Ukranian Canadians get Redress Justice: Chinese Canadians next? Toronto Star article

For those who might not have access
to the Toronto Star this is an excellent article that Avvy wrote and appeared August 24, 2005 in the Star.
When will
Chinese Canadians get justice?

Surely it's
time Ottawa put to rest shame of head tax and compensated victims, says
Avvy Go
24, 2005 marked a significant day for the Ukrainian Canadian community.

On that day the government of Canada officially
acknowledged that Ukrainian Canadians were unjustly interned and were deprived
of their civil rights during World War I.
Calling it a “dark chapter” of our history, Prime Minister
Paul Martin announced a $2.5 million fund for commemorative plaques and
educational tools to remind Canadians of our not-so-pristine past. Ukrainian
Canadians are not alone when it comes to Canada's historical record of
mistreatment of minorities.

Most Canadians are familiar with the shameful manner in
which Japanese Canadians were treated as “enemy aliens” during World War II,
when thousands upon thousands of Japanese Canadians were sent into internment
camps and stripped of their properties, their rights and dignity. Perhaps less
well known, are the cases of internment of German and Italian Canadians, also
during wartime.
If these gross injustices could somehow be “excused” by
the war, the same does not apply to the case of Chinese Canadians.

Canada welcomed Chinese when the country needed their
labour to build the Canadian Pacific Railroad, and more than 10,000 Chinese
immigrants were brought in between 1881 and 1885 for that purpose. But as soon
as the last spike was driven in, the Canadian government imposed a $50 head tax
on all Chinese immigrants, which was increased to $500 in 1904.

The head tax was replaced in 1923 with the Chinese
Exclusion Act that barred all but a handful of Chinese immigrants to Canada. In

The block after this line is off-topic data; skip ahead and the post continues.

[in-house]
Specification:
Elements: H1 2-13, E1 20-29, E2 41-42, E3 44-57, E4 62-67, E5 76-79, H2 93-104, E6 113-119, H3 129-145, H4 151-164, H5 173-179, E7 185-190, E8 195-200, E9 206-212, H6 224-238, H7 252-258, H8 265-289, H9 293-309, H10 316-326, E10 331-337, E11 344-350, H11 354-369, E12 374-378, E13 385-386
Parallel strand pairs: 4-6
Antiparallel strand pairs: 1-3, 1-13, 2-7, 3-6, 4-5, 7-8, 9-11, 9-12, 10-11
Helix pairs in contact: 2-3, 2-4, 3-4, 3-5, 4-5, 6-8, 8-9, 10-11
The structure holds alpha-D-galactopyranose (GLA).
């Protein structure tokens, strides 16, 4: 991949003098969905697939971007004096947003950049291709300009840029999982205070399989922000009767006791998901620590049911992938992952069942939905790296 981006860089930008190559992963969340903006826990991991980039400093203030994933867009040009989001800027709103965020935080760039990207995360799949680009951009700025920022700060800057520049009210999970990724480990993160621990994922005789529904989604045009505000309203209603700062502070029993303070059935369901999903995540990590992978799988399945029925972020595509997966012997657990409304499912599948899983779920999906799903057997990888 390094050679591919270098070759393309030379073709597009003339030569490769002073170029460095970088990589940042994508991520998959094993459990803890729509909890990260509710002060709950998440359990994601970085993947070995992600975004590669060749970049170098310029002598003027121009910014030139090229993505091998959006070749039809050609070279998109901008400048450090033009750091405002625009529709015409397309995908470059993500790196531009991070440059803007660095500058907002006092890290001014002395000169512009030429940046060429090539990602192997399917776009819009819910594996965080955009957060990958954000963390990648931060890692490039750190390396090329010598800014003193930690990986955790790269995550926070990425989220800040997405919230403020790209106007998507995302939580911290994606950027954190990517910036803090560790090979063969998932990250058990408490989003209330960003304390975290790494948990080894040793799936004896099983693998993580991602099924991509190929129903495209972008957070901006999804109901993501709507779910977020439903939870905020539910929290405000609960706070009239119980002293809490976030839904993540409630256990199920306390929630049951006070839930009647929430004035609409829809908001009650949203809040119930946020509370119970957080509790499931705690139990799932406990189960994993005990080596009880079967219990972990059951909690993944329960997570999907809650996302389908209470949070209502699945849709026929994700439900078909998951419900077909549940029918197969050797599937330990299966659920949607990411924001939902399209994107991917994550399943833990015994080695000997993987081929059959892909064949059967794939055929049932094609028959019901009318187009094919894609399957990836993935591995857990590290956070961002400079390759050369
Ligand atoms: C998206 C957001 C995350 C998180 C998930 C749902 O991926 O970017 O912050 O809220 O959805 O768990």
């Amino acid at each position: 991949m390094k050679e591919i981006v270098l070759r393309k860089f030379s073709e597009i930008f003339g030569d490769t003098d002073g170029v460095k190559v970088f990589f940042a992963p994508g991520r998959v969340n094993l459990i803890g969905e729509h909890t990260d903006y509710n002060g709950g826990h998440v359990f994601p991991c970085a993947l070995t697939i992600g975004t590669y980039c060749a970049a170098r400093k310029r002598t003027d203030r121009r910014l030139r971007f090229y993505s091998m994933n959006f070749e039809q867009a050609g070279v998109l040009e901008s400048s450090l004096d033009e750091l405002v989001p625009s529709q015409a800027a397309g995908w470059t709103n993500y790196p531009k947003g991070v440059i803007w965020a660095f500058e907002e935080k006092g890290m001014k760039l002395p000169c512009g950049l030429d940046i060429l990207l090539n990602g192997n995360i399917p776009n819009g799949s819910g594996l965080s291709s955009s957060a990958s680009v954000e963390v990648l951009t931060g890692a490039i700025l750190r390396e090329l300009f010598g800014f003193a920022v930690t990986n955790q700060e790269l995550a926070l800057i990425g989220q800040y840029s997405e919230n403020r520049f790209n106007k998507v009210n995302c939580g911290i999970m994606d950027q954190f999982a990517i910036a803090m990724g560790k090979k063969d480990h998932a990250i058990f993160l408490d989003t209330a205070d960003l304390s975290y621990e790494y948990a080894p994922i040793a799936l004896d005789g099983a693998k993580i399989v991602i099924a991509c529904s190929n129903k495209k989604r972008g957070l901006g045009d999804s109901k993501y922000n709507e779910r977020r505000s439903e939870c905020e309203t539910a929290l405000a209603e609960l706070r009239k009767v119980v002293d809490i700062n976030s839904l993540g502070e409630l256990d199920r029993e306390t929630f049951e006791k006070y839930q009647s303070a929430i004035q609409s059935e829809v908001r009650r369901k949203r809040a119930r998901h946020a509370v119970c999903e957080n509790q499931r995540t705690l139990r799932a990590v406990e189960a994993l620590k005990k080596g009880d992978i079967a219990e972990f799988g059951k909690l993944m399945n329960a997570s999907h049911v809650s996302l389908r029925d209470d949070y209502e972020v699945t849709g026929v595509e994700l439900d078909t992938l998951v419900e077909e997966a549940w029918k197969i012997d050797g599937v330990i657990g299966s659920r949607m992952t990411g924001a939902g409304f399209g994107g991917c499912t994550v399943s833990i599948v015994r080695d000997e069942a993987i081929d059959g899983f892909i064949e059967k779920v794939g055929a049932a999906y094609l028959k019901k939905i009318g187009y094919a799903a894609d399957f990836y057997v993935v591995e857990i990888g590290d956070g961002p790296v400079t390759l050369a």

total, Canada collected more than $23 million from 81,000 or so Chinese

Shack Jang Mack was among those who had paid the head tax.
At the tender age of 13, Mack left China in 1922 to embark on his trip to
Canada. He spent his first six weeks here in a dark cell inside the Canada
Customs Detention Building, where Chinese detainees were given a slice of bread
every day.

Mack was released only after paying the $500 Head Tax. The
fact that Mack's father was among the pioneers who worked on the CPR did not
exempt him from the racist tax.
Mack returned to China to marry his wife in 1928. But he
could not bring her to Canada due to the Exclusion Act.

He would visit her in China after he had saved enough
money to pay for his journey but he had to return to Canada within two years or
pay another head tax. After 22 years of separation, Mack was finally reunited
with his wife in 1950, three years after the exclusion act was

Mack was among a group of surviving head-tax payers and
widows who, for the past 20 years, have been seeking redress for their
sufferings as a result of legislated racism.

In 2000, Mack sued the Canadian government. While finding
that Ottawa had a moral obligation to redress its “reprehensible” past, an
Ontario court nevertheless ruled there was no legal ground for the case to go

Mack died in March 2003, a month before the Supreme Court
of Canada turned down his appeal.

As the number of surviving head-tax payers continues to
shrink, Ottawa continues to ignore their plea for justice.
If we compensate the Chinese, says the government, it
would set an unwelcome precedent and lead to a “floodgate” of claims. But the
“floodgate” argument is becoming weaker every day as Canada continues to redress
almost every other single case of historical injustice.

After the Japanese Canadians, the Marine merchants, the
First Nations Veterans, and now the Ukrainian Canadians, Chinese Canadians are
quickly becoming the last group of victims who have yet to receive any
acknowledgement from their government for their role in building this country
and the “thanks” they got in return.

A symbolic return of $23 million will help redress one of
the last remaining unresolved “dark chapters” of our history. Is that really too
much to ask?

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